The Sun Sneezes, Earth Braces

Our Sun is a star, one of many, many millions in our galactic neighborhood; it's big and yellow only because it's a lot closer than the other stars you may see at night. It's not anything special as stars go, kind of a middling star really. Stars don't just twinkle romantically on clear evenings, they are nuclear furnaces where incredible forces are at work, and can be very volatile. Our own Sun belches and burps out plasma and other goodies from time to time. This weekend, we should be on the receiving end of a stream from a Coronal Mass Ejection - which may allow us some better that normal auroras, and hopefully nothing more severe than that.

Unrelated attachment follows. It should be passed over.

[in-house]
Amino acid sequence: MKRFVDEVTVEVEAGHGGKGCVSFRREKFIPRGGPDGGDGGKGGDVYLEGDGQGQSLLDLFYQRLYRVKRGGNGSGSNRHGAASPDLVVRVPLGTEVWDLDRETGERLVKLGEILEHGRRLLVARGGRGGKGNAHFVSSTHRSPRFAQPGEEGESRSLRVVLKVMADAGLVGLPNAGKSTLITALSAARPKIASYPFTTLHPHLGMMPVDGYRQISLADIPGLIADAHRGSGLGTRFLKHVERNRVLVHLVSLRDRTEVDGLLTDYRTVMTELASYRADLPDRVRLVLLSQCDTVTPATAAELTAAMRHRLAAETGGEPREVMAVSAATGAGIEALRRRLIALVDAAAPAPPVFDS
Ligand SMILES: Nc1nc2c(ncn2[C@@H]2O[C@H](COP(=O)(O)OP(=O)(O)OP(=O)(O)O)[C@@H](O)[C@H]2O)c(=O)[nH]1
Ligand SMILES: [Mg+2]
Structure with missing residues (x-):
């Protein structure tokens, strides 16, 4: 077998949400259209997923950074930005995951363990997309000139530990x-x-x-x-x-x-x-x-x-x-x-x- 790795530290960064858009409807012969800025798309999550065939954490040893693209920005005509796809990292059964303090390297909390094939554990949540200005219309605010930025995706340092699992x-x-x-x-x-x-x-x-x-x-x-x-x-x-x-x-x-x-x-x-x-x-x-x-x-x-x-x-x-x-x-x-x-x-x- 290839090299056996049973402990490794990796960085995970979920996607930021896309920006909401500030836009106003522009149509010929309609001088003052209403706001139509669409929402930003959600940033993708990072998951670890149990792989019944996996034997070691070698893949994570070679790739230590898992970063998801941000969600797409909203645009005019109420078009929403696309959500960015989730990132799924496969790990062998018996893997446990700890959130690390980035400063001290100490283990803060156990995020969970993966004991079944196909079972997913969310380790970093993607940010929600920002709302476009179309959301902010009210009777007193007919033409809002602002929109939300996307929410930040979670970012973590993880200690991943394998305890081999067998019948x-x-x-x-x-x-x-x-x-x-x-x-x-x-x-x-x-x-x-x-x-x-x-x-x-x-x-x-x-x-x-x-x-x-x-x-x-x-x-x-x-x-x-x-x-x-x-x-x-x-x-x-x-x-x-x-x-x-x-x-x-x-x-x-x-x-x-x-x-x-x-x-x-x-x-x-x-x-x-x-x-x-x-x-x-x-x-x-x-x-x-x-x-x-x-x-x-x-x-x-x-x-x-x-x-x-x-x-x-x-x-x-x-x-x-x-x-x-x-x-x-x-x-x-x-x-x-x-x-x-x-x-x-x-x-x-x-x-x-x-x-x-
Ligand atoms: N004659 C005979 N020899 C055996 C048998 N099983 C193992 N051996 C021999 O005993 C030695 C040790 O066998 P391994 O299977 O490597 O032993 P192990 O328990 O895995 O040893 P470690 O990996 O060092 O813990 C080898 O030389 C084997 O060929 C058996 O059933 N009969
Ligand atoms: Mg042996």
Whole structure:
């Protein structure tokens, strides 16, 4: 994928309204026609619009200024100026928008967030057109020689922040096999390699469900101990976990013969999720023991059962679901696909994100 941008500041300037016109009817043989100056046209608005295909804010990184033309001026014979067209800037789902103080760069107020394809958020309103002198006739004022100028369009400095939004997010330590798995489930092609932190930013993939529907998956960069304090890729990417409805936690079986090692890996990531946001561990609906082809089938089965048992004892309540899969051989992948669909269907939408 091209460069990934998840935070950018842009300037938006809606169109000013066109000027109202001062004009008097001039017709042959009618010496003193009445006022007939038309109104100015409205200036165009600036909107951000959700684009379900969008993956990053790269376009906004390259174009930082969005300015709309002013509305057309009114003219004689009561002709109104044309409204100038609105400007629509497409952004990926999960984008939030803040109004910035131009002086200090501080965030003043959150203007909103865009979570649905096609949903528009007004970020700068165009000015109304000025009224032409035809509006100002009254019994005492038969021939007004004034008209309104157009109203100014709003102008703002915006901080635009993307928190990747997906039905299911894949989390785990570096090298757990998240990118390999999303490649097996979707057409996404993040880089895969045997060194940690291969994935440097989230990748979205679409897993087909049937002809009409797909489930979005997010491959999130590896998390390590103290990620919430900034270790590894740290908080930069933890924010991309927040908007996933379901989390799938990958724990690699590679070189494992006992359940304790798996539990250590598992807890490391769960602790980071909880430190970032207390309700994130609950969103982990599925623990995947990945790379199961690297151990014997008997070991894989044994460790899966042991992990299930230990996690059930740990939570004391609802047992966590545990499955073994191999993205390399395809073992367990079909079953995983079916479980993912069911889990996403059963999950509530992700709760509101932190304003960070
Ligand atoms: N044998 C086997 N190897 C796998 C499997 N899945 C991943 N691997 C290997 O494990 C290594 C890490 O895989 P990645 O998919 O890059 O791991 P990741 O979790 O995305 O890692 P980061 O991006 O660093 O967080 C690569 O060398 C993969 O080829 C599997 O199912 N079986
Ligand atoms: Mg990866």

The official US government space weather centre's latest forecast as this is written says there is a 55 per cent chance of a "severe" geomagnetic storm on the 24th, and a 25 per cent chance the storm will be only "minor". However that's for regions near the poles; most of us face only a 20 per cent chance of minor effects and just 5 per cent likelihood of severe ones.
Duck and cover!

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